So if I still love Top 40, what do I mean by "new" music?  I guess it's the music I'm "supposed" to be listening to right now - the songs that my digital music channels, my hipster friends, the cool ads on TV, NPR, or anyone else "in the know" are telling me I should like.  Bands like She & Him, Vampire Weekend, MGMT, Pomplamoose, etc. that are so hot currently.  Try as I might, I just can't get interested.  I don't know if it's their blase attitude or what - I'm bored.  Or maybe I'm just too tired to try and absorb it all. (NOTE:  one fantastic thing about these new bands is that they're embracing art & design like never before, and incorporating it into their own branding.  I LOVE that).

At least with the whole Grunge thing, I adopted the look - maybe that made me a poseur, but what's more comfortable than Doc Martens and baggy flannel shirts with ripped jeans?  That was a look I could get behind.  Now it's all cute sundresses with cowboy boots - I'm 41 and wear clothes from Kohl's.  I'm not about to start looking like I'm trying too hard.

Maybe this is another phase - maybe, in 2022, I'll start listening to The Hold Steady and think, "Why didn't I give this a try when it came out?".  But I don't know; something's different this time.  Is this it?  Is this the point where I start to say, "In my day, we had GOOD music!"?  Dear God, I hope not.  But secretly, maybe it's how I feel.  Only time will tell.

*Photo of Vampire Weekend from Breaking the Midnight*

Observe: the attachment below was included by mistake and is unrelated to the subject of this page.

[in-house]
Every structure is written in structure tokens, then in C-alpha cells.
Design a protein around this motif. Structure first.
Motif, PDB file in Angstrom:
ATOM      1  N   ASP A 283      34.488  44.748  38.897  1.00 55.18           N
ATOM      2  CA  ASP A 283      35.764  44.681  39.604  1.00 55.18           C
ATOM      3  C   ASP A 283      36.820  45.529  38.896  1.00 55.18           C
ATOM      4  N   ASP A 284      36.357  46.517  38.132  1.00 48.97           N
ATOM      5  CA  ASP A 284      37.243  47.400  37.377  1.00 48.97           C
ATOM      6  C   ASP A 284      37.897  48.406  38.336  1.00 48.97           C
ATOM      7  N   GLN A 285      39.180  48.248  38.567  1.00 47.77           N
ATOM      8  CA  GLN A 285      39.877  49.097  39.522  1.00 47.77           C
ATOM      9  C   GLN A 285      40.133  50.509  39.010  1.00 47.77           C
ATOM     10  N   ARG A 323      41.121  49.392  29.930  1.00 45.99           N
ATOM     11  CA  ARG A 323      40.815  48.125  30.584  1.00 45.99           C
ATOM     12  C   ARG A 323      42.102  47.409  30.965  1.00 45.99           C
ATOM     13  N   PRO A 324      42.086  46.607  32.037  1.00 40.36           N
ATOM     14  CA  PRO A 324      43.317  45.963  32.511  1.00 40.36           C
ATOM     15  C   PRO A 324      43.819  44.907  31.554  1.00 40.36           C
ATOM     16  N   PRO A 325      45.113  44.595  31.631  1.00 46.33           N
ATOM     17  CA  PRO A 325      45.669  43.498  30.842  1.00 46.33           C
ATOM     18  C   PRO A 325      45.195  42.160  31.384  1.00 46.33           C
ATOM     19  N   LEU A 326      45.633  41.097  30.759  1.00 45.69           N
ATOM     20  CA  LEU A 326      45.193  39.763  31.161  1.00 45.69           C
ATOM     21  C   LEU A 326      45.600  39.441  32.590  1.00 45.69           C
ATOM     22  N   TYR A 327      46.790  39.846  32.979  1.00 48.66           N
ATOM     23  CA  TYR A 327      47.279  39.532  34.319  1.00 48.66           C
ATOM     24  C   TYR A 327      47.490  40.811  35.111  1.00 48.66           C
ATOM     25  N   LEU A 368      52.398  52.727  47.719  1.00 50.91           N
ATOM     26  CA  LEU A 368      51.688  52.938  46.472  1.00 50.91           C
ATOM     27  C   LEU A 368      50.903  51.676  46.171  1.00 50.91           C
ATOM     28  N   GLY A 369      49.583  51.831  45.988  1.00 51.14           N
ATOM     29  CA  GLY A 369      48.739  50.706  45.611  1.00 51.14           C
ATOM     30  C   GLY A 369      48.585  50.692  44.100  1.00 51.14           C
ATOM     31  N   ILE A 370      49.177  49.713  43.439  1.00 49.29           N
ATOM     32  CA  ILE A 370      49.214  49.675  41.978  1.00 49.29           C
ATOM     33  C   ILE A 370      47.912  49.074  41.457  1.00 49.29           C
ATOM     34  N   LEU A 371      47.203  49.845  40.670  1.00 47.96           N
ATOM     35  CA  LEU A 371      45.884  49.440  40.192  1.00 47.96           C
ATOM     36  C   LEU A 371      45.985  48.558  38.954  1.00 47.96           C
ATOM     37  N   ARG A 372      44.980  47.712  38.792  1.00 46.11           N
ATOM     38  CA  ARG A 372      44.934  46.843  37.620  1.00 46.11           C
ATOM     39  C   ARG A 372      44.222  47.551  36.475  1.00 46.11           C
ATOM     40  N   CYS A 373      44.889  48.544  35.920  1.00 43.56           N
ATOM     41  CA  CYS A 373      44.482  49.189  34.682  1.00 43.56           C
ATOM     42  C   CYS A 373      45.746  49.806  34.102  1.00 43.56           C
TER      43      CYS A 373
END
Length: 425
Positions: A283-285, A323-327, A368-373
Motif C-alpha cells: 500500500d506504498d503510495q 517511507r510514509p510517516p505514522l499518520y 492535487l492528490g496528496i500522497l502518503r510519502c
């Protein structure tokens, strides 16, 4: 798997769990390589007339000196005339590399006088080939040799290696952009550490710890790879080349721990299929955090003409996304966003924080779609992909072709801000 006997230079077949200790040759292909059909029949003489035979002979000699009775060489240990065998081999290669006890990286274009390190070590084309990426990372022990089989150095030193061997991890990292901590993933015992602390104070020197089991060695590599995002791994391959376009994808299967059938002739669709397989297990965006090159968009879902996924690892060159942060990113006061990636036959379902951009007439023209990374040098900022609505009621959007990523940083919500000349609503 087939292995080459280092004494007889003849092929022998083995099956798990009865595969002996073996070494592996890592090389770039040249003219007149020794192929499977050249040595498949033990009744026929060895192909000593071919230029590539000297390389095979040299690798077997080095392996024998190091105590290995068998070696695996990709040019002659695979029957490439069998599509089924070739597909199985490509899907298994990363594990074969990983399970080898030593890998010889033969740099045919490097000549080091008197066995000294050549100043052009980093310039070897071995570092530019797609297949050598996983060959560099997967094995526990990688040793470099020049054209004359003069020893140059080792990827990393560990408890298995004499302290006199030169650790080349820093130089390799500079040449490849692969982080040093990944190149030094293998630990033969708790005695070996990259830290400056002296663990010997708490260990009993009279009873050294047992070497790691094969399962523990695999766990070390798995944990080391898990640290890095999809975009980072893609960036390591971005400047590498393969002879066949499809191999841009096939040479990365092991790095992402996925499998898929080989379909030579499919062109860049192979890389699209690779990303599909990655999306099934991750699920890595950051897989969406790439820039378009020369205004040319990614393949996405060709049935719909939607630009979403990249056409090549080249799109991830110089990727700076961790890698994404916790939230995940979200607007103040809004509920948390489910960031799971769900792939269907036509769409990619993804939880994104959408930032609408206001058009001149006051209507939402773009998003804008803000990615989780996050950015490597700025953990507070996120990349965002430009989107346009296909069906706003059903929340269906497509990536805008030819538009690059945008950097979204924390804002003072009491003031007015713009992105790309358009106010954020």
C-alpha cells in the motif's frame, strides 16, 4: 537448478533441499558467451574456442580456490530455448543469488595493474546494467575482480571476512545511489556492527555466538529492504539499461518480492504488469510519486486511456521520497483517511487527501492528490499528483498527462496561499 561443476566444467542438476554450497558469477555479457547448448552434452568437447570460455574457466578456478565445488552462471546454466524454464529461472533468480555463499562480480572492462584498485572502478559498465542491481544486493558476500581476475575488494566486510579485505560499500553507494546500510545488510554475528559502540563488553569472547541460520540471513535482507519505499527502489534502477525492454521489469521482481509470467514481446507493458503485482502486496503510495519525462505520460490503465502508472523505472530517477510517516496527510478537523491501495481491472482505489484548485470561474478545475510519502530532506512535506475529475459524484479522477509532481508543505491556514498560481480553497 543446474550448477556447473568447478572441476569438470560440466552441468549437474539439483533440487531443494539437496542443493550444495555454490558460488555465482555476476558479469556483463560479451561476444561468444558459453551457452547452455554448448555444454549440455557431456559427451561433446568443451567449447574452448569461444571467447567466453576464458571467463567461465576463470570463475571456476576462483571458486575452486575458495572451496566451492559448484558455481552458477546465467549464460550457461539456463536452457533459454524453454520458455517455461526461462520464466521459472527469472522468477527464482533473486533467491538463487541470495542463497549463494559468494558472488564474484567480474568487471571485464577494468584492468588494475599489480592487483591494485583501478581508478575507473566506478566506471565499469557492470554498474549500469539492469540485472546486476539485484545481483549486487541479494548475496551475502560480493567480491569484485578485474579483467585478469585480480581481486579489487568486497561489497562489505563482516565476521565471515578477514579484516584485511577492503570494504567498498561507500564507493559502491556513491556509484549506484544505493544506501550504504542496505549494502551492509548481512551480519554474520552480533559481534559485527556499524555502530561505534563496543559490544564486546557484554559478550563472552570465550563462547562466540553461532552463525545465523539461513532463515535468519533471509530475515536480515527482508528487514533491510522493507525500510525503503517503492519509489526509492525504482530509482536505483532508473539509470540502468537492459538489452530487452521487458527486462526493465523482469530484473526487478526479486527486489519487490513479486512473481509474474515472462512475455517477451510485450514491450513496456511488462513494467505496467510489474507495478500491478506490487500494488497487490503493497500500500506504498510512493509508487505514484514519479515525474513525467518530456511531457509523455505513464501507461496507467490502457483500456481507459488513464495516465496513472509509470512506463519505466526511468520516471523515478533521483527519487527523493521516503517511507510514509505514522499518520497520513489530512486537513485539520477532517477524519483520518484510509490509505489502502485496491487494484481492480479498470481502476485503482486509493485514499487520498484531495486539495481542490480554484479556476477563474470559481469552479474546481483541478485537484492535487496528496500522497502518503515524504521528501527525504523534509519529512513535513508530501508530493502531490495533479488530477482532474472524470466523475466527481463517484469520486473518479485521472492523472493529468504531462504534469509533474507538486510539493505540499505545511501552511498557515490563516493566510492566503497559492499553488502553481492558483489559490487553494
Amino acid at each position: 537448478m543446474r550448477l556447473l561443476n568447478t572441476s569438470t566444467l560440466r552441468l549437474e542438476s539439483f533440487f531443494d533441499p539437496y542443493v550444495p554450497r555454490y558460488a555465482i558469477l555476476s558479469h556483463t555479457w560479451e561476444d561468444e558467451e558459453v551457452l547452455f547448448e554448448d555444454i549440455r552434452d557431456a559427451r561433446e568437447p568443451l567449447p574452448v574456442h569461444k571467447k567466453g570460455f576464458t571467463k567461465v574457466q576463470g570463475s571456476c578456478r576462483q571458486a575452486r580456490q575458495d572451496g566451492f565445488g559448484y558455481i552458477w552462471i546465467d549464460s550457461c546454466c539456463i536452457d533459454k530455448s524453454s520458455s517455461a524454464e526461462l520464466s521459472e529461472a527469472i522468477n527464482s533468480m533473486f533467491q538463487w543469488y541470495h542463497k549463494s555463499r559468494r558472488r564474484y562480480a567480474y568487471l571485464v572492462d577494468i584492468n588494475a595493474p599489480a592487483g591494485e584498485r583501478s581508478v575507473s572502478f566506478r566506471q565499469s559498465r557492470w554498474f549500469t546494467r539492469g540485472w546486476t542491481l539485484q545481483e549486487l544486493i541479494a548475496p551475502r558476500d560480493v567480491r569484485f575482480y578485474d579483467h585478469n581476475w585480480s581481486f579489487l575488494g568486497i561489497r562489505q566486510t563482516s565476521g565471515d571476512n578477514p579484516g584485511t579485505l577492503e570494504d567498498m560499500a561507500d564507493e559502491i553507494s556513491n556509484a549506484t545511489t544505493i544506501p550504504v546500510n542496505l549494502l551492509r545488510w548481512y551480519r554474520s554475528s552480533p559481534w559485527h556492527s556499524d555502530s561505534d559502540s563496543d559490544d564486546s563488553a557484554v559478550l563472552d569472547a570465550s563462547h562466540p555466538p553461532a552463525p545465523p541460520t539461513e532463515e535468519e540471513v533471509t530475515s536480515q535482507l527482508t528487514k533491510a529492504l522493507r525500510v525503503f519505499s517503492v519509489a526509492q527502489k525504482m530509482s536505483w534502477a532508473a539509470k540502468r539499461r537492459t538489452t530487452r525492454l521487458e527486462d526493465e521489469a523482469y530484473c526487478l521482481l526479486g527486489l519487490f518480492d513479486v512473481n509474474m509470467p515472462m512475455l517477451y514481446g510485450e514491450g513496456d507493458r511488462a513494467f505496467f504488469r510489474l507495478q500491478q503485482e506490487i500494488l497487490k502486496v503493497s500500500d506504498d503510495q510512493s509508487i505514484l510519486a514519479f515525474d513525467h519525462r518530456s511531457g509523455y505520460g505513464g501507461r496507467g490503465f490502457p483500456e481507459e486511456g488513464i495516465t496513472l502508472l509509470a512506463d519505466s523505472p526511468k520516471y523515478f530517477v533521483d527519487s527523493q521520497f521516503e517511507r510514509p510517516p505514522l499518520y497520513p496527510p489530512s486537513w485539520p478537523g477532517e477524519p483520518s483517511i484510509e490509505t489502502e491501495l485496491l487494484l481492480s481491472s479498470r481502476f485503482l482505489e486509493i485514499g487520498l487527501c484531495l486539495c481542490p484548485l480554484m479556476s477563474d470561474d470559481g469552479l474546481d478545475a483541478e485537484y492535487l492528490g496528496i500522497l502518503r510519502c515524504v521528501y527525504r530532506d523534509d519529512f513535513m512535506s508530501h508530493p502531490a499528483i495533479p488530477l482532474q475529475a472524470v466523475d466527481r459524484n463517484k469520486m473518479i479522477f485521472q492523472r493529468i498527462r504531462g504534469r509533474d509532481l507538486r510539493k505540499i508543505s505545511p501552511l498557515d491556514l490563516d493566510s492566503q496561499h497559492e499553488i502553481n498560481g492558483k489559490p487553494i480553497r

1. I totally relate. Actually, I spent the entire 80s avoiding the radio. So much so, I was quite (pleasanlty) surprised whenever I heard an MJ song. But I must say that on the few occasions when I do listen to something new, I am often pleasantly surprised and I even promise myself I am going to start listening to more new music. I never seem to get around to it though. We have such great stuff from the 70s and sooo much of it!
    Have you seen "Across the Universe?" Now that's a great film to watch if you want to have your cake and eat it too!

  2. Thanks for writing, Sherrie! To answer your question - a resounding YES to "Across the Universe". I thought it was a really imaginative look at the Beatles' music.

    I will say that there are a couple of bands out there right now to whom I've given a second listen - Kings of Leon, Death Cab for Cutie and the Raconteurs (not that new, I know). So maybe all hope isn't lost after all. :D

  3. I've never heard of those bands... so I guess I'm with you, to some extent! I heard an NPR article about how people stay with the music they heard in high school because of the connotations with the "best time of your life" thing. I'm not too sure about that, myself. I don't actually spend much money on music any more at all, or listen to it except for when I'm in the car.

  4. and guilty pleasure sort of confession: what I listen to in the car is usually a hard rock/heavy metal station!! It's actually much more musical (some of it, anyway) than I ever thought it was.

  5. I definitely don't stay with the music that was popular when I was in high school - I graduated in '86 and the music pretty much sucked back then (and I REALLY didn't like high school AT ALL!). :D I do like a lot of 70s - Steely Dan is my fave band EVER, I think - but I'm also getting more into 60s West Coast jazz, like Dave Brubeck, etc.
    I worked at Musicland when the hair bands/heavy metal was at its pinnacle! Good times, good times..... :D